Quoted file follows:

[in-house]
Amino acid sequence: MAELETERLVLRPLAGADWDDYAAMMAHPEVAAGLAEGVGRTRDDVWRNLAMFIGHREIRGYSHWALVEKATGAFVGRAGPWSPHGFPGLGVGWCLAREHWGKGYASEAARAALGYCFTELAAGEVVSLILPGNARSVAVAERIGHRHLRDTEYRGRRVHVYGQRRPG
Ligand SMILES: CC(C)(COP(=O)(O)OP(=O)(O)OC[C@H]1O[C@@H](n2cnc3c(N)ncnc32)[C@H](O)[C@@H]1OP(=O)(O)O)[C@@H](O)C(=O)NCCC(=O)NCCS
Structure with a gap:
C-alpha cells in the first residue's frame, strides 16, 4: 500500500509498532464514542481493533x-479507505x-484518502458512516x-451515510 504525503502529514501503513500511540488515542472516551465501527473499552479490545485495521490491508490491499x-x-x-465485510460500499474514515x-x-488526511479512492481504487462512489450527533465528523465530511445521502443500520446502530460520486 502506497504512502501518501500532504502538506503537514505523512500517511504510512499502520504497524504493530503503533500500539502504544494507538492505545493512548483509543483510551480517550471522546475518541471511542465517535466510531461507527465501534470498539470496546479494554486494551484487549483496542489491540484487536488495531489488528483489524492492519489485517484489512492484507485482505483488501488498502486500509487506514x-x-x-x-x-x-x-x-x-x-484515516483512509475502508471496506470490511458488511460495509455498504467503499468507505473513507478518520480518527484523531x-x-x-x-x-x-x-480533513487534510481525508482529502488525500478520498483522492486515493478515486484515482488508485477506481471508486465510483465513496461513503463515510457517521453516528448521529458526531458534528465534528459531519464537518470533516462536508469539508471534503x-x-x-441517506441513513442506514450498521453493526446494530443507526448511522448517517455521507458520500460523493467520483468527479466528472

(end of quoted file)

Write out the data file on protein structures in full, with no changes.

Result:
[in-house]
Amino acid sequence: MAELETERLVLRPLAGADWDDYAAMMAHPEVAAGLAEGVGRTRDDVWRNLAMFIGHREIRGYSHWALVEKATGAFVGRAGPWSPHGFPGLGVGWCLAREHWGKGYASEAARAALGYCFTELAAGEVVSLILPGNARSVAVAERIGHRHLRDTEYRGRRVHVYGQRRPG
Ligand SMILES: CC(C)(COP(=O)(O)OP(=O)(O)OC[C@H]1O[C@@H](n2cnc3c(N)ncnc32)[C@H](O)[C@@H]1OP(=O)(O)O)[C@@H](O)C(=O)NCCC(=O)NCCS
Structure with a gap:
C-alpha cells in the first residue's frame, strides 16, 4: 500500500509498532464514542481493533x-479507505x-484518502458512516x-451515510 504525503502529514501503513500511540488515542472516551465501527473499552479490545485495521490491508490491499x-x-x-465485510460500499474514515x-x-488526511479512492481504487462512489450527533465528523465530511445521502443500520446502530460520486 502506497504512502501518501500532504502538506503537514505523512500517511504510512499502520504497524504493530503503533500500539502504544494507538492505545493512548483509543483510551480517550471522546475518541471511542465517535466510531461507527465501534470498539470496546479494554486494551484487549483496542489491540484487536488495531489488528483489524492492519489485517484489512492484507485482505483488501488498502486500509487506514x-x-x-x-x-x-x-x-x-x-484515516483512509475502508471496506470490511458488511460495509455498504467503499468507505473513507478518520480518527484523531x-x-x-x-x-x-x-480533513487534510481525508482529502488525500478520498483522492486515493478515486484515482488508485477506481471508486465510483465513496461513503463515510457517521453516528448521529458526531458534528465534528459531519464537518470533516462536508469539508471534503x-x-x-441517506441513513442506514450498521453493526446494530443507526448511522448517517455521507458520500460523493467520483468527479466528472